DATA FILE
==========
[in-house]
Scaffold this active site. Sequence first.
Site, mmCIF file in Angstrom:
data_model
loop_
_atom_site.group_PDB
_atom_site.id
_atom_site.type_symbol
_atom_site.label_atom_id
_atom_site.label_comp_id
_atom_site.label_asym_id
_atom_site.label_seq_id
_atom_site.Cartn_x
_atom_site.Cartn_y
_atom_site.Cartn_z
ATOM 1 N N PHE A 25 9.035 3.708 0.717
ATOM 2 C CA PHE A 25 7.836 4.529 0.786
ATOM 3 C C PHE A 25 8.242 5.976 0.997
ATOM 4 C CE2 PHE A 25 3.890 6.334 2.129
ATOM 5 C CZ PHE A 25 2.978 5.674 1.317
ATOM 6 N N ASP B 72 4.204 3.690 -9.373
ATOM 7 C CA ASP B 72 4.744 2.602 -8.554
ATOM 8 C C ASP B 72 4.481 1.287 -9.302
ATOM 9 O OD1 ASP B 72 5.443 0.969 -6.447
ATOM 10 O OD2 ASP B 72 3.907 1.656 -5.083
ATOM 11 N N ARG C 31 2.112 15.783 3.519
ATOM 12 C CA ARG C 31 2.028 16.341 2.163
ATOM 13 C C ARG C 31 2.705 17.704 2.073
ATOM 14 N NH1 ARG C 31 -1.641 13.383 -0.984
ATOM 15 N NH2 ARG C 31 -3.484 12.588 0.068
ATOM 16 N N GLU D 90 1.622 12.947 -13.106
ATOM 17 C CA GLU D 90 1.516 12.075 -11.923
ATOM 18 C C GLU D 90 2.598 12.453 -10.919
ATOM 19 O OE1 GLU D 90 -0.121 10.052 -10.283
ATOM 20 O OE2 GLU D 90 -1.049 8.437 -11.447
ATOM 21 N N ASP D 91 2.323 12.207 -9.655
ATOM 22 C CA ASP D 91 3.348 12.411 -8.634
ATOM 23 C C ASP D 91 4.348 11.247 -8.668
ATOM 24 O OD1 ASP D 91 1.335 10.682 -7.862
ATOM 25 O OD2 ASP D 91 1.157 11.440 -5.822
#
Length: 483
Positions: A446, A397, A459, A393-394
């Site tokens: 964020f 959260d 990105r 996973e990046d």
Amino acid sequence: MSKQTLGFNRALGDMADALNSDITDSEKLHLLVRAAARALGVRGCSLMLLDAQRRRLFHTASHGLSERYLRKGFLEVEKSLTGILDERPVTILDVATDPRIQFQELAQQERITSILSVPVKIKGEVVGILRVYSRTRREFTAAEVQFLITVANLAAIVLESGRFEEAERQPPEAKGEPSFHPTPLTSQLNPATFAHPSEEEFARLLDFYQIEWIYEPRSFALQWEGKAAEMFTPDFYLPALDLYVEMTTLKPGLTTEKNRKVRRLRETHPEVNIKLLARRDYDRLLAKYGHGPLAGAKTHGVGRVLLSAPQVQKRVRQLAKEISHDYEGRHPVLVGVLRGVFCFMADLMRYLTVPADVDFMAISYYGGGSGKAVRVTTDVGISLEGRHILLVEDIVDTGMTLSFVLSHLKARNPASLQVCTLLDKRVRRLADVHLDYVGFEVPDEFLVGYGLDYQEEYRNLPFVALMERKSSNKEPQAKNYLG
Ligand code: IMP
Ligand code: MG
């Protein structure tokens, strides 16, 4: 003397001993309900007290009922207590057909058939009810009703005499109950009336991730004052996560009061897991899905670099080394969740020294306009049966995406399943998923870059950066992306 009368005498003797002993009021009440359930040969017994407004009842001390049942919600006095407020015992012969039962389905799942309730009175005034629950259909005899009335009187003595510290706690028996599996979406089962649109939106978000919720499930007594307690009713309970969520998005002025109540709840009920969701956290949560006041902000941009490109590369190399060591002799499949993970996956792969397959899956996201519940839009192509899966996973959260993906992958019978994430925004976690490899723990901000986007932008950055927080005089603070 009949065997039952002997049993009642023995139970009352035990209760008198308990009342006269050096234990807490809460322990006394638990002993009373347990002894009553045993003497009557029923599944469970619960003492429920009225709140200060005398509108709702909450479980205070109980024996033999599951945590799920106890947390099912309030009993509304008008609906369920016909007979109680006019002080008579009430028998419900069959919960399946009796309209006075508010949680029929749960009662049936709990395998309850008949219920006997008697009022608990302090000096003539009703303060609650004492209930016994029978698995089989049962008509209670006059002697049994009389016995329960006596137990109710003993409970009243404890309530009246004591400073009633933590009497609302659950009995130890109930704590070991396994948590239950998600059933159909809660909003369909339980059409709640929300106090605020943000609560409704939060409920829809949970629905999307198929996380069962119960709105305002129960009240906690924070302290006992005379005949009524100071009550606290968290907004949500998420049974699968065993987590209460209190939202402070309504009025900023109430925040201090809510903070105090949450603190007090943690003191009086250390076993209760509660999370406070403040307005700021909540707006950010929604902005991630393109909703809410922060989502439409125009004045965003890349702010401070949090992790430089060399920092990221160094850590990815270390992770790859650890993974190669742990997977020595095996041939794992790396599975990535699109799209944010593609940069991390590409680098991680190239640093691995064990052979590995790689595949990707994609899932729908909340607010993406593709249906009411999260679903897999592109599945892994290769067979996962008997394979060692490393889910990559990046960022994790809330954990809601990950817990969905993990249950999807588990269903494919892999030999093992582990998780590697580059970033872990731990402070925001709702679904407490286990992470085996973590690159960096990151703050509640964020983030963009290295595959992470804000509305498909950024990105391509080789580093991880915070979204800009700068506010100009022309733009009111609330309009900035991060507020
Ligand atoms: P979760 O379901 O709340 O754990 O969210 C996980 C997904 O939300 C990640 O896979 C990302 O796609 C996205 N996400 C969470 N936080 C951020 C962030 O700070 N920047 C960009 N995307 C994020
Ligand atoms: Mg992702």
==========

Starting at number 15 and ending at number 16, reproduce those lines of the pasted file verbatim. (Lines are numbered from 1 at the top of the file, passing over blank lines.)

_atom_site.Cartn_z
ATOM 1 N N PHE A 25 9.035 3.708 0.717